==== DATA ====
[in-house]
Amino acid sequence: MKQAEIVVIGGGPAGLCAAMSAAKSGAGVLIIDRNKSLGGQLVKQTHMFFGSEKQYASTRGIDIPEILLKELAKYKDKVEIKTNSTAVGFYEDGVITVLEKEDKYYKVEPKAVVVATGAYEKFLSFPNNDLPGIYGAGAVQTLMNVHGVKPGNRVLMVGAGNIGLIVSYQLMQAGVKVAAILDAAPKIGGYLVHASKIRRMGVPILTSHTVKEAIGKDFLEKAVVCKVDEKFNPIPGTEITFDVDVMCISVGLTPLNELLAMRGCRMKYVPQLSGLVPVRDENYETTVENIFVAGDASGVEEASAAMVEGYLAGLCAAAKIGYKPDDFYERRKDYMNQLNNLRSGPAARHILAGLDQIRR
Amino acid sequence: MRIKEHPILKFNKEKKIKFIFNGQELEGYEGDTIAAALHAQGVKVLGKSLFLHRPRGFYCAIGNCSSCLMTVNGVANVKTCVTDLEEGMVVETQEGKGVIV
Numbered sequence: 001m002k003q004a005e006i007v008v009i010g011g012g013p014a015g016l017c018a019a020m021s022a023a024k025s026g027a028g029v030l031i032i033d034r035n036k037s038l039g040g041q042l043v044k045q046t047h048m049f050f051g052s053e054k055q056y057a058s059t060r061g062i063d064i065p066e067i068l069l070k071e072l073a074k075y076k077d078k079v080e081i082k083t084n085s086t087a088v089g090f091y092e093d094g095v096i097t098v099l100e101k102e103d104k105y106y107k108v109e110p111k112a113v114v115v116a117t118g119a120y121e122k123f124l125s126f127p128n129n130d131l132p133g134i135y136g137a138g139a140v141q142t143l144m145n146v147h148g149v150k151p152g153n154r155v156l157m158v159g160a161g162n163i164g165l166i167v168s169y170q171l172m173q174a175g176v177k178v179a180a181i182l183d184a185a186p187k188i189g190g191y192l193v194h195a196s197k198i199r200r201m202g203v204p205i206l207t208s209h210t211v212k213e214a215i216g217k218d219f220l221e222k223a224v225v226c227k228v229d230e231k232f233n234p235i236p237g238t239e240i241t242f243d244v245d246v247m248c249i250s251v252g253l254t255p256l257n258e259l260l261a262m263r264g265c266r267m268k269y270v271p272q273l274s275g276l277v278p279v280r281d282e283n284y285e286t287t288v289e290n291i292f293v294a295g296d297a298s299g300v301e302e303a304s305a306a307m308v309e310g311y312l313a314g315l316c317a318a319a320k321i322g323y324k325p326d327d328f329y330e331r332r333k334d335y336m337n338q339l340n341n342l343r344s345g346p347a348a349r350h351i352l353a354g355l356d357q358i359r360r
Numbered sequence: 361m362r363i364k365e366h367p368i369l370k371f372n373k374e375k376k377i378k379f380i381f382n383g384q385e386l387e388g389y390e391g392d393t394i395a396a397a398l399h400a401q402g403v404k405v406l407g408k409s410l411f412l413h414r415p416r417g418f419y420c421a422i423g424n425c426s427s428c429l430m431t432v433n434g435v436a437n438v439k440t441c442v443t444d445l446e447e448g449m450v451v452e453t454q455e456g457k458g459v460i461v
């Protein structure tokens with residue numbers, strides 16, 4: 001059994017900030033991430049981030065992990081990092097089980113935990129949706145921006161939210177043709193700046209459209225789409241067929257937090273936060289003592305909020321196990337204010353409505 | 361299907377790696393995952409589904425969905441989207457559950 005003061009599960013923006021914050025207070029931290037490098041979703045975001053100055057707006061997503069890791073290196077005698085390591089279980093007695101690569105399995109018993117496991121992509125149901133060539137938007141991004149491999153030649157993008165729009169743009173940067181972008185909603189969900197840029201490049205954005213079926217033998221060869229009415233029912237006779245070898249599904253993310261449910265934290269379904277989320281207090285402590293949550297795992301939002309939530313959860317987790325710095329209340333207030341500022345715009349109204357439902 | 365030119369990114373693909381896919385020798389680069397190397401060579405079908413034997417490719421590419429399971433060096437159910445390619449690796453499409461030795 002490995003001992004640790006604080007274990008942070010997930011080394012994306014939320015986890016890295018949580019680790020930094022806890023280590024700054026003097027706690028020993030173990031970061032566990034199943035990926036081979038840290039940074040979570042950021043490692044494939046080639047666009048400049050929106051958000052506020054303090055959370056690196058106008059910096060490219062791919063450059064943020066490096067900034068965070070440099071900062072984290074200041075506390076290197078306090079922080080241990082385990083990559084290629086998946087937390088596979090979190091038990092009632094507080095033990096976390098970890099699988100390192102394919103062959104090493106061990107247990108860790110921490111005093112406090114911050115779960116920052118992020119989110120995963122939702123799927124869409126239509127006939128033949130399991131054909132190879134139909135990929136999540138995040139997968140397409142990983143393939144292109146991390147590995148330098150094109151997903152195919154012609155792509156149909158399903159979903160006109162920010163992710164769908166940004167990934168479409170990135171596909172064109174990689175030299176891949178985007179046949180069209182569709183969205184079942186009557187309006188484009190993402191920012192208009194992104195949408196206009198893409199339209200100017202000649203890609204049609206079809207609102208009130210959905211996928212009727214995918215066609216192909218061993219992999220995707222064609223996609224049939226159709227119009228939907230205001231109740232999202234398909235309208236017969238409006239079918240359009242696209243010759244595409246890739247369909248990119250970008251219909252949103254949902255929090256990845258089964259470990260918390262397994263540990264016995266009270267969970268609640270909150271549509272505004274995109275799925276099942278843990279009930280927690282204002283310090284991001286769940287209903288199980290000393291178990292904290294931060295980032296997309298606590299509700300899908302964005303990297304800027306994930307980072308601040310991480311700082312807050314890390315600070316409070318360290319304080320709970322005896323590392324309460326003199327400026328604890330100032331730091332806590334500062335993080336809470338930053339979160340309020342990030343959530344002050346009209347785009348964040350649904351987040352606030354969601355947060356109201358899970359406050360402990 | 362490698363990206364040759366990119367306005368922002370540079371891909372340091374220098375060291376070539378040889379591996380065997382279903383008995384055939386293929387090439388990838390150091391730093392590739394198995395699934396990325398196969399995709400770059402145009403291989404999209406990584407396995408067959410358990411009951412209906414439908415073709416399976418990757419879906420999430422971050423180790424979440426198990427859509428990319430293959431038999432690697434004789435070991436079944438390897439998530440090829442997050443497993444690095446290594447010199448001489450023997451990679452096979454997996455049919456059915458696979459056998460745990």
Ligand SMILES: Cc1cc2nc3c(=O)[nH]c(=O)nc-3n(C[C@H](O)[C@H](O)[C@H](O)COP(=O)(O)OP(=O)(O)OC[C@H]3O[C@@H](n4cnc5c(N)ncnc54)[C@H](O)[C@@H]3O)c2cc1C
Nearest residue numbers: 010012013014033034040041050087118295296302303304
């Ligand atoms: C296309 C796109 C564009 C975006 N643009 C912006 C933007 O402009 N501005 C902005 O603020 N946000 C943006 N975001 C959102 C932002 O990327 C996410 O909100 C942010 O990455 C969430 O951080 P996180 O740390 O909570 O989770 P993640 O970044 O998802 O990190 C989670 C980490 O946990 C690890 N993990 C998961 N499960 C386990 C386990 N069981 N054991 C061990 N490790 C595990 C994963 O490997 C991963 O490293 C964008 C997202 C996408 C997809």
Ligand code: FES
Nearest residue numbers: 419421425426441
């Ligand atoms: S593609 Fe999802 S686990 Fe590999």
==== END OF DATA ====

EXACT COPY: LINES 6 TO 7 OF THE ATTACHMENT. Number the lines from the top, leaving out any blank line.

């Protein structure tokens with residue numbers, strides 16, 4: 001059994017900030033991430049981030065992990081990092097089980113935990129949706145921006161939210177043709193700046209459209225789409241067929257937090273936060289003592305909020321196990337204010353409505 | 361299907377790696393995952409589904425969905441989207457559950 005003061009599960013923006021914050025207070029931290037490098041979703045975001053100055057707006061997503069890791073290196077005698085390591089279980093007695101690569105399995109018993117496991121992509125149901133060539137938007141991004149491999153030649157993008165729009169743009173940067181972008185909603189969900197840029201490049205954005213079926217033998221060869229009415233029912237006779245070898249599904253993310261449910265934290269379904277989320281207090285402590293949550297795992301939002309939530313959860317987790325710095329209340333207030341500022345715009349109204357439902 | 365030119369990114373693909381896919385020798389680069397190397401060579405079908413034997417490719421590419429399971433060096437159910445390619449690796453499409461030795 002490995003001992004640790006604080007274990008942070010997930011080394012994306014939320015986890016890295018949580019680790020930094022806890023280590024700054026003097027706690028020993030173990031970061032566990034199943035990926036081979038840290039940074040979570042950021043490692044494939046080639047666009048400049050929106051958000052506020054303090055959370056690196058106008059910096060490219062791919063450059064943020066490096067900034068965070070440099071900062072984290074200041075506390076290197078306090079922080080241990082385990083990559084290629086998946087937390088596979090979190091038990092009632094507080095033990096976390098970890099699988100390192102394919103062959104090493106061990107247990108860790110921490111005093112406090114911050115779960116920052118992020119989110120995963122939702123799927124869409126239509127006939128033949130399991131054909132190879134139909135990929136999540138995040139997968140397409142990983143393939144292109146991390147590995148330098150094109151997903152195919154012609155792509156149909158399903159979903160006109162920010163992710164769908166940004167990934168479409170990135171596909172064109174990689175030299176891949178985007179046949180069209182569709183969205184079942186009557187309006188484009190993402191920012192208009194992104195949408196206009198893409199339209200100017202000649203890609204049609206079809207609102208009130210959905211996928212009727214995918215066609216192909218061993219992999220995707222064609223996609224049939226159709227119009228939907230205001231109740232999202234398909235309208236017969238409006239079918240359009242696209243010759244595409246890739247369909248990119250970008251219909252949103254949902255929090256990845258089964259470990260918390262397994263540990264016995266009270267969970268609640270909150271549509272505004274995109275799925276099942278843990279009930280927690282204002283310090284991001286769940287209903288199980290000393291178990292904290294931060295980032296997309298606590299509700300899908302964005303990297304800027306994930307980072308601040310991480311700082312807050314890390315600070316409070318360290319304080320709970322005896323590392324309460326003199327400026328604890330100032331730091332806590334500062335993080336809470338930053339979160340309020342990030343959530344002050346009209347785009348964040350649904351987040352606030354969601355947060356109201358899970359406050360402990 | 362490698363990206364040759366990119367306005368922002370540079371891909372340091374220098375060291376070539378040889379591996380065997382279903383008995384055939386293929387090439388990838390150091391730093392590739394198995395699934396990325398196969399995709400770059402145009403291989404999209406990584407396995408067959410358990411009951412209906414439908415073709416399976418990757419879906420999430422971050423180790424979440426198990427859509428990319430293959431038999432690697434004789435070991436079944438390897439998530440090829442997050443497993444690095446290594447010199448001489450023997451990679452096979454997996455049919456059915458696979459056998460745990």
Ligand SMILES: Cc1cc2nc3c(=O)[nH]c(=O)nc-3n(C[C@H](O)[C@H](O)[C@H](O)COP(=O)(O)OP(=O)(O)OC[C@H]3O[C@@H](n4cnc5c(N)ncnc54)[C@H](O)[C@@H]3O)c2cc1C